Planets in binary systems can be habitable, but they form differently

Most of the stars in the Milky Way are single stars. But between a third and a half of them are binary stars. Can habitable planets form in these environments?

New research shows that habitable planets can exist around binary stars, but that they will form differently than worlds around individual stars.

At the heart of this research is a young binary star system about 1,000 light-years away. It is called NGC 1333-IRAS2A, and it is a low-mass binary star. The binary pair is so small that it is still clustering. It is the focus of many studies of protostars and stellar disks because they are young and still forming.

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The new study, titled “Proto-star duality influences disc and planet evolution,” is published in the journal Nature. The lead author is Professor Jess K. Jorgensen of the Niels Bohr Institute at the University of Copenhagen. Professor Jorgensen has co-authored several papers on NGC 1333-IRAS2A.

The study is based on ALMA (Atacama Large Millimeter/submillimeter Array) observations of NGC 1333-IRAS2A. These observations are only snapshots of a process that takes millions of years. But with these observations, and knowledge gleaned from studying young protostars in general, the research team created a computer simulation of the binary protostar arriving back and forth in time.

The study showed that the composition of planets is different around binary stars than around single stars such as our sun. It’s because of the way young stars behave as they form.

“Observations allow us to zoom in on stars and study how dust and gas move toward the disk. Simulations will tell us which physics is at play, how stars have evolved up to the snapshot we observe, and their future evolution,” explained Postdoc Rajika L. Kuruwita of the Niels Bohr Institute, second author of the study.

Young protostars are surrounded by protoplanetary disks made of gas and dust. Within the disks, planets are formed mostly by accretion. After millions of years of chaos and collision, the planets unite and spin in orbits. It is a very complex process that scientists study with interest. Solar systems like ours are simple in one way: There is only one star. A star’s mass and gravity influence the shape and behavior of the protoplanetary disk and the planets that form in the disk.

But in a system with two protostars, there is more complexity.

In a single star system, the star acquires material more uniformly. There are still differences in accumulation, but things progress more predictably with one huge body. But as this study shows, binary protostars behave much differently as they form. Rather than a steady accretion process, star formation is characterized by periodic bursts of brightness as stars orbit their common center of mass and periodically absorb large amounts of material. Intermittent bouts of sucking lead to bursts of energy that distort the disc. This has implications for which planets form in the disk of material around stars.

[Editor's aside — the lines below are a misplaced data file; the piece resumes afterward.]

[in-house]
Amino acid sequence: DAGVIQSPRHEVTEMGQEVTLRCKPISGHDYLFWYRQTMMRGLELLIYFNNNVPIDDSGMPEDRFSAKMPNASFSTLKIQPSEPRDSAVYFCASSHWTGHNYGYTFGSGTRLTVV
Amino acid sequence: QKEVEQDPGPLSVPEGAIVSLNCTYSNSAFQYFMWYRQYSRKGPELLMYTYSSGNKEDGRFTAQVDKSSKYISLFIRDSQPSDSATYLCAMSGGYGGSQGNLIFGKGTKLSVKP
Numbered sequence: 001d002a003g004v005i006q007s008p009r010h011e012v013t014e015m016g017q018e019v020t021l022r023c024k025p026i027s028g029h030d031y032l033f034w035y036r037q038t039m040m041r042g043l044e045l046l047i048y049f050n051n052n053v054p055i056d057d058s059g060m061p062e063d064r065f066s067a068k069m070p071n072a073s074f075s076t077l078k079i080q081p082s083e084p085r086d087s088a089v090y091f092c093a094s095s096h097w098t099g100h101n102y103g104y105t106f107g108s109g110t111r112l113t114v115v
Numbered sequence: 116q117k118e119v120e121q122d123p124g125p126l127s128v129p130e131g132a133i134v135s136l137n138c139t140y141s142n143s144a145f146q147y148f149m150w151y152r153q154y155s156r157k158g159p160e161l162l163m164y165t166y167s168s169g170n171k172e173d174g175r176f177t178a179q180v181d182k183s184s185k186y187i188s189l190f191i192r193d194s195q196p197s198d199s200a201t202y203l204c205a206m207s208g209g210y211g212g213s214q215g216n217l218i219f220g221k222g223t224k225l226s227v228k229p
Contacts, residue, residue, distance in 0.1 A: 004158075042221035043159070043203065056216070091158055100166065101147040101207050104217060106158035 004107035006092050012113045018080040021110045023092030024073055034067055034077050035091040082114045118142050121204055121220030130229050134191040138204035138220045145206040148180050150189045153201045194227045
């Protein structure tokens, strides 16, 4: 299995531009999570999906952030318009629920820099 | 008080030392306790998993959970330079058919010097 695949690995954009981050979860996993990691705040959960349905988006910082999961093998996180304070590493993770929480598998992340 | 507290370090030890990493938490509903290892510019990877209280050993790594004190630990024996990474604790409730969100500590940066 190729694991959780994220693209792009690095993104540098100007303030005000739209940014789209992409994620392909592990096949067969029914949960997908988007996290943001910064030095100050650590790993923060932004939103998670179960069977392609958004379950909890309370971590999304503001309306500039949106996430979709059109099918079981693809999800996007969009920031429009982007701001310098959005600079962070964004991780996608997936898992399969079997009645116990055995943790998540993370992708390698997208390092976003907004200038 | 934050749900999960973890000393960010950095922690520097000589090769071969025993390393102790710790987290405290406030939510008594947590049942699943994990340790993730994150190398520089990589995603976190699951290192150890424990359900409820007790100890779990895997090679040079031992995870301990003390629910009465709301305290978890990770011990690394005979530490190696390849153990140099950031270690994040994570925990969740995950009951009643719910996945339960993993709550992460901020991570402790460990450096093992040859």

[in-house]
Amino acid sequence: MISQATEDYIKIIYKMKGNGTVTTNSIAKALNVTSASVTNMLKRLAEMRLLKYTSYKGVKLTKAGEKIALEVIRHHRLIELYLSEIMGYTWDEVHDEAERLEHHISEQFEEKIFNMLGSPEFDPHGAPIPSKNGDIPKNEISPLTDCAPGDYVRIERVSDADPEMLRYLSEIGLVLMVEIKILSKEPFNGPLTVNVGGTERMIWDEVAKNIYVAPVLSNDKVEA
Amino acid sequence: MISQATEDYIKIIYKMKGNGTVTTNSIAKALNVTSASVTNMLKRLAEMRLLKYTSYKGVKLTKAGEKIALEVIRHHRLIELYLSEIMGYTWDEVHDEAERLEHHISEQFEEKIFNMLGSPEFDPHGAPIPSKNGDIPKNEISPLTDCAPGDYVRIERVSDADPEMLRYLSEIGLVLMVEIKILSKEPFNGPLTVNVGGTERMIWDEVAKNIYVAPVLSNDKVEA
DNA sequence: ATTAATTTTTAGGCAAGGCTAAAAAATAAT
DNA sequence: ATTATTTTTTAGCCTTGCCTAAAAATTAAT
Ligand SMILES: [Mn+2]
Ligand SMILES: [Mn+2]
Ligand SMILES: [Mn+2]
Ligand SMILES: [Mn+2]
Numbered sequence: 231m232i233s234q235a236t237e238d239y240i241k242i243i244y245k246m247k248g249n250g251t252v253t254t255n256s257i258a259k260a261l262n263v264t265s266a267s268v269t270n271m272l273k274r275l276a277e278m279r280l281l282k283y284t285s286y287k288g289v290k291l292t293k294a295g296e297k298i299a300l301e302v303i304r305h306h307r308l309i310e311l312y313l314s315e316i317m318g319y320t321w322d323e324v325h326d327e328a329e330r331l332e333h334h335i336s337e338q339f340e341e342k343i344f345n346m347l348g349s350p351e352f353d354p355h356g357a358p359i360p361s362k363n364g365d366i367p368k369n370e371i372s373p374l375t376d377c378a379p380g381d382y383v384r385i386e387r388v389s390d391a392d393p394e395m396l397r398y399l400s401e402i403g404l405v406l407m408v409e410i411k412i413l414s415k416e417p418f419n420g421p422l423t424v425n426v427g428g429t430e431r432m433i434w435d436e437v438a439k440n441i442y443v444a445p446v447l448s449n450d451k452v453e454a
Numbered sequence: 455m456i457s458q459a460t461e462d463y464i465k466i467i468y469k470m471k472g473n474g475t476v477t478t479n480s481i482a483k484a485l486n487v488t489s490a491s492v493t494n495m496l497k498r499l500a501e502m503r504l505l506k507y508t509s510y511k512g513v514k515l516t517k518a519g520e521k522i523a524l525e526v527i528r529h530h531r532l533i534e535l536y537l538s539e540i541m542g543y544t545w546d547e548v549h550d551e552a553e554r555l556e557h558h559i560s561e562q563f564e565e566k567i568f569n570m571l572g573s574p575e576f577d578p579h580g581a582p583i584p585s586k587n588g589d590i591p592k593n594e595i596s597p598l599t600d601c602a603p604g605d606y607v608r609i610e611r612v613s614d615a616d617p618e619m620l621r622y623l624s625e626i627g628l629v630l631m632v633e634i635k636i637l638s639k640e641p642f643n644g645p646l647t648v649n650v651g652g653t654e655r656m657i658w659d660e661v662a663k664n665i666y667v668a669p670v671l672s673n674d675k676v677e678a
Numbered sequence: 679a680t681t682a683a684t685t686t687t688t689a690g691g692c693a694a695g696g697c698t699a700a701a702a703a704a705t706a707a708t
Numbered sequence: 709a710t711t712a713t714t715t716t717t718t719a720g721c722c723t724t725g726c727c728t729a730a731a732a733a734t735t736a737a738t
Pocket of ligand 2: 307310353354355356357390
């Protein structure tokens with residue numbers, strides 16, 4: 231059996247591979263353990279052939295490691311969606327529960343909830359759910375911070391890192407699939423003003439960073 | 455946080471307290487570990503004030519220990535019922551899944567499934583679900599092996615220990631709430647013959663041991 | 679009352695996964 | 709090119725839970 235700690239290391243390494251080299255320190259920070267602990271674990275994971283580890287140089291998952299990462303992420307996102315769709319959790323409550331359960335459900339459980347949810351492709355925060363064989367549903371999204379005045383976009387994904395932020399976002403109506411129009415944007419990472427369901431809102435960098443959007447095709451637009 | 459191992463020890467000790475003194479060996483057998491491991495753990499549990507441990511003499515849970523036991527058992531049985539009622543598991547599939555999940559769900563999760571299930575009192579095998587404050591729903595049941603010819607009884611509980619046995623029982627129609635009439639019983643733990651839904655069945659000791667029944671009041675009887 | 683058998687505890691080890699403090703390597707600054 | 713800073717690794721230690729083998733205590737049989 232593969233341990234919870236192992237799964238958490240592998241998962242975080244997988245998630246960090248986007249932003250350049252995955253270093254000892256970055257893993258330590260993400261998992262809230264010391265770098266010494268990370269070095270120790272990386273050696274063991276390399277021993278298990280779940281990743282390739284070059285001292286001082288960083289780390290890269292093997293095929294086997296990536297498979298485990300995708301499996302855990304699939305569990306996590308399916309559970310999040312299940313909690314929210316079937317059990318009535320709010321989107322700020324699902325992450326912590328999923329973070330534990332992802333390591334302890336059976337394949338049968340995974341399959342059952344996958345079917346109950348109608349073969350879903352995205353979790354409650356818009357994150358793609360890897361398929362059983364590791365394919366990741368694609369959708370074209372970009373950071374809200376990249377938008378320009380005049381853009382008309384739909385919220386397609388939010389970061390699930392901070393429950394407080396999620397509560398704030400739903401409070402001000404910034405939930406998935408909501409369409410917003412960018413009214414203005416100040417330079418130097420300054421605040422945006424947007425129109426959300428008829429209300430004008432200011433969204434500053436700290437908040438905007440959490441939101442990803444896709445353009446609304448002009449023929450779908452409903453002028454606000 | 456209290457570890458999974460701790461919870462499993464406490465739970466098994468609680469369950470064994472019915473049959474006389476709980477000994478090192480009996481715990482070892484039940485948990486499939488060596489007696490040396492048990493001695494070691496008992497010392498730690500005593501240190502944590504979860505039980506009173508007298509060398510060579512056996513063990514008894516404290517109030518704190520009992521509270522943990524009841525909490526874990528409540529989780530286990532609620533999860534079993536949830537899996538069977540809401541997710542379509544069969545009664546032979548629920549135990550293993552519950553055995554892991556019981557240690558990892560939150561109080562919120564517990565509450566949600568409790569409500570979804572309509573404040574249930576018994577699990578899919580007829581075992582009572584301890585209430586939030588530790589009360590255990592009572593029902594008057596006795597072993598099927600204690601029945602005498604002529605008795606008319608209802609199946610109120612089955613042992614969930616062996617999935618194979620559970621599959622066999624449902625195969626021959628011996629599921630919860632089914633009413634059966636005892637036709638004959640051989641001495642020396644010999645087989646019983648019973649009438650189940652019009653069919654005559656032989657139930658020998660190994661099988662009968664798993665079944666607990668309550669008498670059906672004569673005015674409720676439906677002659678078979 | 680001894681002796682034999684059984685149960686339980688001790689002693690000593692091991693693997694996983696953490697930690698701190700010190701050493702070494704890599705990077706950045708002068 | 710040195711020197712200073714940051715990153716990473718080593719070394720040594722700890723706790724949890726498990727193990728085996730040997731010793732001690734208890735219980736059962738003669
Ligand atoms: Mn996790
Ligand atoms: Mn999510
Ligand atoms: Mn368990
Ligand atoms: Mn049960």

This image is a screenshot of an MHD simulation of a binary protostar.  The pair is connected to a bridge of gas (yellow), the white lines indicate an intermittent outflow of material.  These powerful eruptions form and disrupt protoplanetary disks.  Image credit: Jørgensen, Kuruwita et al.  2022.
This image is a screenshot of an MHD simulation of a binary protostar. A gas bridge (yellow) connects the pair, and the white lines indicate a flowing stream of material resulting from a ring of rapid buildup. These powerful eruptions form and disrupt the protoplanetary disks that make up the planets. Image credit: Jørgensen, Kuruwita et al. 2022.

“The falling matter will cause significant heating. The heat will make the star much brighter than usual. These explosions will tear the disk of gas and dust apart. As the disk builds up again, bursts may continue to affect the structure of the subsequent planetary system.” .

This figure from the study shows some activity in the binary protostar.  The stars revolve around their common center of gravity, which is indicated by the black dot.  When a star absorbs a large amount of material, it glows in brightness and produces an outflow.  Because of the binary motion of the protostars, the outflows are not dipolar.  Image credit: Jørgensen, Kuruwita et al.  2022.
This figure from the study shows some activity in the binary protostar. The stars revolve around their common center of gravity, as indicated by the black dot. When a star absorbs a large amount of material, it glows in brightness and produces an outflow. Because of the binary motion of the protostars, the outflows are not dipolar. Image credit: Jørgensen, Kuruwita et al. 2022.